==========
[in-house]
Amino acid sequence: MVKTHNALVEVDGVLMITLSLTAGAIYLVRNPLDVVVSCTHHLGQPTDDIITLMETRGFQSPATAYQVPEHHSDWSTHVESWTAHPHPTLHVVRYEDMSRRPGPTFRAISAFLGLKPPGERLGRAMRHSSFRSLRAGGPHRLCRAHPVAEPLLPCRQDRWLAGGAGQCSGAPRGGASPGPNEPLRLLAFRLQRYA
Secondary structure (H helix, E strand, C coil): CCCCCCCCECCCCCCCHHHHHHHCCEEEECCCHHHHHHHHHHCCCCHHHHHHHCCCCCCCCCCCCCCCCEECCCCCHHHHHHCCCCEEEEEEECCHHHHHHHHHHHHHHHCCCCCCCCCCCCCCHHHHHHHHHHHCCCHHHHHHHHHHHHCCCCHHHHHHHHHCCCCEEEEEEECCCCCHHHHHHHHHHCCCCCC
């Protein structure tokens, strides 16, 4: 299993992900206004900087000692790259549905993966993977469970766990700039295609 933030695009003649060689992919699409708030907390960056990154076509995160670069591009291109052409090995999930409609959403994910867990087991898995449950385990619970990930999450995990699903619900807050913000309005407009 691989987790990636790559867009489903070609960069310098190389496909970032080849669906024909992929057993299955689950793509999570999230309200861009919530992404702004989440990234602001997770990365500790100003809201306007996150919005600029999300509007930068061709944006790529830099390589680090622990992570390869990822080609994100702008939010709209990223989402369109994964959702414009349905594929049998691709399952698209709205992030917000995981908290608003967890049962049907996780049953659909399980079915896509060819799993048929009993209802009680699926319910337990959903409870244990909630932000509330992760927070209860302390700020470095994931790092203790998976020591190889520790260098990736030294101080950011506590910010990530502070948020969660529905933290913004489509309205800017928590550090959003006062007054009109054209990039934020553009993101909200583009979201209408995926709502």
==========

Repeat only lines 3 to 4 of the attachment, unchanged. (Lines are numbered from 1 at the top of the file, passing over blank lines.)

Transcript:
Secondary structure (H helix, E strand, C coil): CCCCCCCCECCCCCCCHHHHHHHCCEEEECCCHHHHHHHHHHCCCCHHHHHHHCCCCCCCCCCCCCCCCEECCCCCHHHHHHCCCCEEEEEEECCHHHHHHHHHHHHHHHCCCCCCCCCCCCCCHHHHHHHHHHHCCCHHHHHHHHHHHHCCCCHHHHHHHHHCCCCEEEEEEECCCCCHHHHHHHHHHCCCCCC
């Protein structure tokens, strides 16, 4: 299993992900206004900087000692790259549905993966993977469970766990700039295609 933030695009003649060689992919699409708030907390960056990154076509995160670069591009291109052409090995999930409609959403994910867990087991898995449950385990619970990930999450995990699903619900807050913000309005407009 691989987790990636790559867009489903070609960069310098190389496909970032080849669906024909992929057993299955689950793509999570999230309200861009919530992404702004989440990234602001997770990365500790100003809201306007996150919005600029999300509007930068061709944006790529830099390589680090622990992570390869990822080609994100702008939010709209990223989402369109994964959702414009349905594929049998691709399952698209709205992030917000995981908290608003967890049962049907996780049953659909399980079915896509060819799993048929009993209802009680699926319910337990959903409870244990909630932000509330992760927070209860302390700020470095994931790092203790998976020591190889520790260098990736030294101080950011506590910010990530502070948020969660529905933290913004489509309205800017928590550090959003006062007054009109054209990039934020553009993101909200583009979201209408995926709502």